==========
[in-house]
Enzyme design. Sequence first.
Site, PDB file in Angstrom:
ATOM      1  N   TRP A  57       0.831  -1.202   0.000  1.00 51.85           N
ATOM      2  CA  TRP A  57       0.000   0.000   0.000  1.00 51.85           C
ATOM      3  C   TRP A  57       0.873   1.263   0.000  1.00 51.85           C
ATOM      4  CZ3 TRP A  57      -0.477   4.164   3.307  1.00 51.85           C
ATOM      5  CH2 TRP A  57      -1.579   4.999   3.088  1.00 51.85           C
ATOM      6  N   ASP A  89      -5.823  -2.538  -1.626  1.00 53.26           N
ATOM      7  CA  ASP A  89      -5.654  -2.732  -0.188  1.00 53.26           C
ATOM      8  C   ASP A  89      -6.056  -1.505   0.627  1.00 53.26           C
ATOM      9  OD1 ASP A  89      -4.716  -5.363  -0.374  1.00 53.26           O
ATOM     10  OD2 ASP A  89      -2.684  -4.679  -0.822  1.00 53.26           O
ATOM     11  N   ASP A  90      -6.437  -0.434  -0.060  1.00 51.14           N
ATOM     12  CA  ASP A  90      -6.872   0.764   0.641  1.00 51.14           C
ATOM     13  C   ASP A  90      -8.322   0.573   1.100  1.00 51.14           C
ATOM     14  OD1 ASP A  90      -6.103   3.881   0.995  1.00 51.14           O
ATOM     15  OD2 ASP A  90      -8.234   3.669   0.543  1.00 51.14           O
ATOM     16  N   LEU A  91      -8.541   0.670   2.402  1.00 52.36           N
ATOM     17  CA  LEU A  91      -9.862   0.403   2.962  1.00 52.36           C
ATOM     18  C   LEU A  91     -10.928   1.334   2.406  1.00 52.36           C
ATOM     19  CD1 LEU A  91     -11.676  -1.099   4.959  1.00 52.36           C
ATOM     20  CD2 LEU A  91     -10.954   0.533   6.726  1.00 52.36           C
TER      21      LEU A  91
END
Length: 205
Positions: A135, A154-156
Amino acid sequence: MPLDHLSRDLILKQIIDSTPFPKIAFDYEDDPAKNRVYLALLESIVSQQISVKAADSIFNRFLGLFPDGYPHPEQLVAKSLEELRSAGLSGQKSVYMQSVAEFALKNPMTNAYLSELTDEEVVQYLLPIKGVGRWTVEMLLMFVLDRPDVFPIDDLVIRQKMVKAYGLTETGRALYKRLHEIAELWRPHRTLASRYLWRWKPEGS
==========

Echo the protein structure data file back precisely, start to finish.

[in-house]
Enzyme design. Sequence first.
Site, PDB file in Angstrom:
ATOM      1  N   TRP A  57       0.831  -1.202   0.000  1.00 51.85           N
ATOM      2  CA  TRP A  57       0.000   0.000   0.000  1.00 51.85           C
ATOM      3  C   TRP A  57       0.873   1.263   0.000  1.00 51.85           C
ATOM      4  CZ3 TRP A  57      -0.477   4.164   3.307  1.00 51.85           C
ATOM      5  CH2 TRP A  57      -1.579   4.999   3.088  1.00 51.85           C
ATOM      6  N   ASP A  89      -5.823  -2.538  -1.626  1.00 53.26           N
ATOM      7  CA  ASP A  89      -5.654  -2.732  -0.188  1.00 53.26           C
ATOM      8  C   ASP A  89      -6.056  -1.505   0.627  1.00 53.26           C
ATOM      9  OD1 ASP A  89      -4.716  -5.363  -0.374  1.00 53.26           O
ATOM     10  OD2 ASP A  89      -2.684  -4.679  -0.822  1.00 53.26           O
ATOM     11  N   ASP A  90      -6.437  -0.434  -0.060  1.00 51.14           N
ATOM     12  CA  ASP A  90      -6.872   0.764   0.641  1.00 51.14           C
ATOM     13  C   ASP A  90      -8.322   0.573   1.100  1.00 51.14           C
ATOM     14  OD1 ASP A  90      -6.103   3.881   0.995  1.00 51.14           O
ATOM     15  OD2 ASP A  90      -8.234   3.669   0.543  1.00 51.14           O
ATOM     16  N   LEU A  91      -8.541   0.670   2.402  1.00 52.36           N
ATOM     17  CA  LEU A  91      -9.862   0.403   2.962  1.00 52.36           C
ATOM     18  C   LEU A  91     -10.928   1.334   2.406  1.00 52.36           C
ATOM     19  CD1 LEU A  91     -11.676  -1.099   4.959  1.00 52.36           C
ATOM     20  CD2 LEU A  91     -10.954   0.533   6.726  1.00 52.36           C
TER      21      LEU A  91
END
Length: 205
Positions: A135, A154-156
Amino acid sequence: MPLDHLSRDLILKQIIDSTPFPKIAFDYEDDPAKNRVYLALLESIVSQQISVKAADSIFNRFLGLFPDGYPHPEQLVAKSLEELRSAGLSGQKSVYMQSVAEFALKNPMTNAYLSELTDEEVVQYLLPIKGVGRWTVEMLLMFVLDRPDVFPIDDLVIRQKMVKAYGLTETGRALYKRLHEIAELWRPHRTLASRYLWRWKPEGS